In October, Wal-Mart’s Sam’s Club opened a test store in Dallas where it planned to test new technology, including a swap body, an Amazon Go-like camera system, an in-store navigation system, electronic tablet labels and more. This morning, the retailer announced that it will now begin testing a redesigned Scan & Go service, which uses computer vision and machine learning to facilitate and accelerate mobile scanning.
The current Scan & Go system, launched two years ago, requires Sam’s Club customers to locate the barcode on the item they are buying and scan it using the Sam’s Club mobile application. The application allows buyers to track the items they buy as they place them in their shopping cart, then pay into the application instead of queuing at the checkout.
As convenient as it is, the system itself can sometimes be frustrating because you will need to find the barcode on the item – often by flipping it from side to side to find the sticker or label. This process can be difficult for heavier items and frustrating when the label or barcode label has fallen off.
It can also take several seconds to complete – which adds up when you fill a shopping cart on a long replenishment trip.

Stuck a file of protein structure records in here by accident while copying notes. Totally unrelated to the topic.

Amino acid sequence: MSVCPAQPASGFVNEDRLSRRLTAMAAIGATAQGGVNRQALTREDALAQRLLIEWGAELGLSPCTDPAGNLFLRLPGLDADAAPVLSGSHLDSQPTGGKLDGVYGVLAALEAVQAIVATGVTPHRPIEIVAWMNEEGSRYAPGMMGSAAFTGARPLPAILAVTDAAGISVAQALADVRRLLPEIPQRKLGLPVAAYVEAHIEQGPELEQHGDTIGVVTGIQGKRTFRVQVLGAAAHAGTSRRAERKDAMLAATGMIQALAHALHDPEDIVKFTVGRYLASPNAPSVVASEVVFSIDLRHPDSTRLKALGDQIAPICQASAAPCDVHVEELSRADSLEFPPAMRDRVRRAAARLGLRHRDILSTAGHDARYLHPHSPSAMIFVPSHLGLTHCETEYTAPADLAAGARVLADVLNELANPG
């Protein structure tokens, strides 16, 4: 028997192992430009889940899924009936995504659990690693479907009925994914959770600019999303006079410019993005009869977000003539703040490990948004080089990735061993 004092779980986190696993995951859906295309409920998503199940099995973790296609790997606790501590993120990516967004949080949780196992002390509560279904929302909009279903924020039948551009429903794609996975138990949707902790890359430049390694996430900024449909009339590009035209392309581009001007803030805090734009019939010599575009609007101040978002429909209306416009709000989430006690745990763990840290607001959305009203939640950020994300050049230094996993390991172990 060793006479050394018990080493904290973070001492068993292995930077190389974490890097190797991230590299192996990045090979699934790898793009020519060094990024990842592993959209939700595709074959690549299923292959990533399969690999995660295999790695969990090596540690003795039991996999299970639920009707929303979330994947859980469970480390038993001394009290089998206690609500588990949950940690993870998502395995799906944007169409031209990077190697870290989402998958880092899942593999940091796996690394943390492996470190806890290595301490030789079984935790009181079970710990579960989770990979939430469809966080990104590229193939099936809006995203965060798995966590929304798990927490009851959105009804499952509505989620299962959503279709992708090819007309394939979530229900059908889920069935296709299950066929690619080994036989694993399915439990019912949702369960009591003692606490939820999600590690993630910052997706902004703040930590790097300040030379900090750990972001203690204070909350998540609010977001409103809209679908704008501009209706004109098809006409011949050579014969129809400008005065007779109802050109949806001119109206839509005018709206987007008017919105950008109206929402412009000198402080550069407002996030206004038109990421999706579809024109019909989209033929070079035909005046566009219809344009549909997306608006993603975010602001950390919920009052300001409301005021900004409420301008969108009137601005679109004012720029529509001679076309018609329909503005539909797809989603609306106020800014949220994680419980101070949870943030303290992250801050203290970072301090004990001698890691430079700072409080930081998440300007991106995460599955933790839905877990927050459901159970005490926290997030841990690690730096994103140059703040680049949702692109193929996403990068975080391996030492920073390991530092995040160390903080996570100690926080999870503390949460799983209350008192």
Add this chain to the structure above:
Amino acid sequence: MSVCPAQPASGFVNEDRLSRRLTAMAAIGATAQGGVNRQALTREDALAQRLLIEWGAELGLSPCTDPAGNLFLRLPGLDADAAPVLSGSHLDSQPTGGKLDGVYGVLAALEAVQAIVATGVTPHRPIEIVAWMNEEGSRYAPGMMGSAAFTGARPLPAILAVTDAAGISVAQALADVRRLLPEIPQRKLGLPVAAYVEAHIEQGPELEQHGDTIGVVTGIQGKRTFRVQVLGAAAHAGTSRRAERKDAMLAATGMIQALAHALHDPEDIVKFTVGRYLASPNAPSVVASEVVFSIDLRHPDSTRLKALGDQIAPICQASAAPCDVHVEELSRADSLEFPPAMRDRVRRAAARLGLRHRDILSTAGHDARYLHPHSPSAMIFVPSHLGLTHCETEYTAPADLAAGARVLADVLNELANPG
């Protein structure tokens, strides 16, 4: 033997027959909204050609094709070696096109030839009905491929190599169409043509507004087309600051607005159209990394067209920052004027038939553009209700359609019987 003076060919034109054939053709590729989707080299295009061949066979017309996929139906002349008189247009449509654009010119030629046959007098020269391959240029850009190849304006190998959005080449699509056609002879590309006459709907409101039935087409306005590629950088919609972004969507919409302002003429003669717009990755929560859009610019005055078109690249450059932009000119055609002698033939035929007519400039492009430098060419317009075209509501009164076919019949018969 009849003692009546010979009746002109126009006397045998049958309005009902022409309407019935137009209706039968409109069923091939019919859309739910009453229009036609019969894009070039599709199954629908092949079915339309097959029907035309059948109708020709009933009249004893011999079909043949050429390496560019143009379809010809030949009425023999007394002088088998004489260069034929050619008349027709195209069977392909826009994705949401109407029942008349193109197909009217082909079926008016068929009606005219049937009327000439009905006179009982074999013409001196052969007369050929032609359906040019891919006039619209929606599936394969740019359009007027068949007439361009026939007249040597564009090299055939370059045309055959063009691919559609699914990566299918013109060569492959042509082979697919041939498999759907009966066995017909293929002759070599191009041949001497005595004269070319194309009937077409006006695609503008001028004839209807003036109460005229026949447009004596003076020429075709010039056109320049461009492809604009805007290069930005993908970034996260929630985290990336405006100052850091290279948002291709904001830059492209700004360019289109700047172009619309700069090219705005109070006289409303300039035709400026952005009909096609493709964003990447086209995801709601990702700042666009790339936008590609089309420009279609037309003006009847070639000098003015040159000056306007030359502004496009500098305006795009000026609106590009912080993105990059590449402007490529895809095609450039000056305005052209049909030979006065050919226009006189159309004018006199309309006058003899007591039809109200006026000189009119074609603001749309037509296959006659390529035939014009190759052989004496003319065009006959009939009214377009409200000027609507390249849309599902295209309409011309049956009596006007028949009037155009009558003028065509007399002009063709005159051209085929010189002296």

Instead, the new scanning technology will use computer vision and ML (machine learning) technology to recognize products without scanning the barcode, which will reduce the time required for the application to identify the product in question, explains the retailer.
In a demonstration video, Sam’s Club showed that it takes an average of 9.3 seconds for a customer to analyze a water package with the old system, compared to 3.4 seconds with the latest technology.
Of course, lead times vary depending on the buyer’s competence, the scanned item and the performance of the technology, among other factors. A large water package is a more extreme example, but it clearly shows the potential of the system… if it works.
The idea of the new Dallas test store is to quickly put new technologies into practice in a real environment, to see what works and what doesn’t, while gathering feedback from customers. Dallas was chosen as the location for the store because of the technical talent and recruitment potential in the region, and because it is a short trip from Walmart’s headquarters in Bentonville, Arkansas, the company said earlier.
Sam’s Club says it has filed a patent for the new scanning technology and will start testing it this spring at Sam’s Club Now in the Dallas area. Thereafter, the technology will be extended to the tools used by employees.